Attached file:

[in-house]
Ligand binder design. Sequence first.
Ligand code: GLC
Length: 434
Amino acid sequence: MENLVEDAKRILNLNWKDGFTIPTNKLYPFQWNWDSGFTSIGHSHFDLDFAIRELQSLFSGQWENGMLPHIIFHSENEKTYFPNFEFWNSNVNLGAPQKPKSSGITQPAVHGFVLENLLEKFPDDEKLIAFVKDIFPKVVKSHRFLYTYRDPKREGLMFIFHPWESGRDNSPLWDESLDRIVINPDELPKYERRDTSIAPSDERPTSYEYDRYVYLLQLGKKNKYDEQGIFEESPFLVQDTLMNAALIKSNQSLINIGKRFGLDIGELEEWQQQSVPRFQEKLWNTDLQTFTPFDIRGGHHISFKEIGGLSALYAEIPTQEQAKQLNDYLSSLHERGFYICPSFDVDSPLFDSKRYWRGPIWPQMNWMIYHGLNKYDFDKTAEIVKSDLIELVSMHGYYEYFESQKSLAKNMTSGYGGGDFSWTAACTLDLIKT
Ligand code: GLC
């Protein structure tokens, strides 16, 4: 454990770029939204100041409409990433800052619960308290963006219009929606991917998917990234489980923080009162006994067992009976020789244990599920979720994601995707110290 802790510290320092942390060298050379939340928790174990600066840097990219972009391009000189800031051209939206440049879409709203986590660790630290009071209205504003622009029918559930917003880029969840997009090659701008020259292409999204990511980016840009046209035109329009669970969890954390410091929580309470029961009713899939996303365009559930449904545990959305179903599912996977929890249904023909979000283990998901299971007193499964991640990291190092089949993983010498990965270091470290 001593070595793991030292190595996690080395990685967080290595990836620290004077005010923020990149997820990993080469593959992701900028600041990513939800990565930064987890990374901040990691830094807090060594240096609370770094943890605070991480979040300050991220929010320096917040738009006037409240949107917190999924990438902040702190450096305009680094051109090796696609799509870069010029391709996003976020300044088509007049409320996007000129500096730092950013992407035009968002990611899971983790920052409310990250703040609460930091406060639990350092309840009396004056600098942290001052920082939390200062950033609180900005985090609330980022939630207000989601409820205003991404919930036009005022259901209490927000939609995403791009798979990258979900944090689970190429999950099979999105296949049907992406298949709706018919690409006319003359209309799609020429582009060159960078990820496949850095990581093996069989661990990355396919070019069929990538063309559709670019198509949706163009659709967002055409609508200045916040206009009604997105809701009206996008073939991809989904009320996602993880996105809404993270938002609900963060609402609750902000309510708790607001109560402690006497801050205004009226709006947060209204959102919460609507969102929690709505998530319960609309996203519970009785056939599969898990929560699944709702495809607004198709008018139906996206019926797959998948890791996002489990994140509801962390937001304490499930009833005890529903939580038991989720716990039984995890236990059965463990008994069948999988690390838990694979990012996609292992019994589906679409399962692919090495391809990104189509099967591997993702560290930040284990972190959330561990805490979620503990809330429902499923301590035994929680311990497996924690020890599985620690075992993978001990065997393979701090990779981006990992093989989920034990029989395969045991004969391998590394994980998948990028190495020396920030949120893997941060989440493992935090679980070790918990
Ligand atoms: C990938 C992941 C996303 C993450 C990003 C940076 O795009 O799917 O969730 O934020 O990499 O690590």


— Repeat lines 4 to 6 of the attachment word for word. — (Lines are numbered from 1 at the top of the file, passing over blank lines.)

Length: 434
Amino acid sequence: MENLVEDAKRILNLNWKDGFTIPTNKLYPFQWNWDSGFTSIGHSHFDLDFAIRELQSLFSGQWENGMLPHIIFHSENEKTYFPNFEFWNSNVNLGAPQKPKSSGITQPAVHGFVLENLLEKFPDDEKLIAFVKDIFPKVVKSHRFLYTYRDPKREGLMFIFHPWESGRDNSPLWDESLDRIVINPDELPKYERRDTSIAPSDERPTSYEYDRYVYLLQLGKKNKYDEQGIFEESPFLVQDTLMNAALIKSNQSLINIGKRFGLDIGELEEWQQQSVPRFQEKLWNTDLQTFTPFDIRGGHHISFKEIGGLSALYAEIPTQEQAKQLNDYLSSLHERGFYICPSFDVDSPLFDSKRYWRGPIWPQMNWMIYHGLNKYDFDKTAEIVKSDLIELVSMHGYYEYFESQKSLAKNMTSGYGGGDFSWTAACTLDLIKT
Ligand code: GLC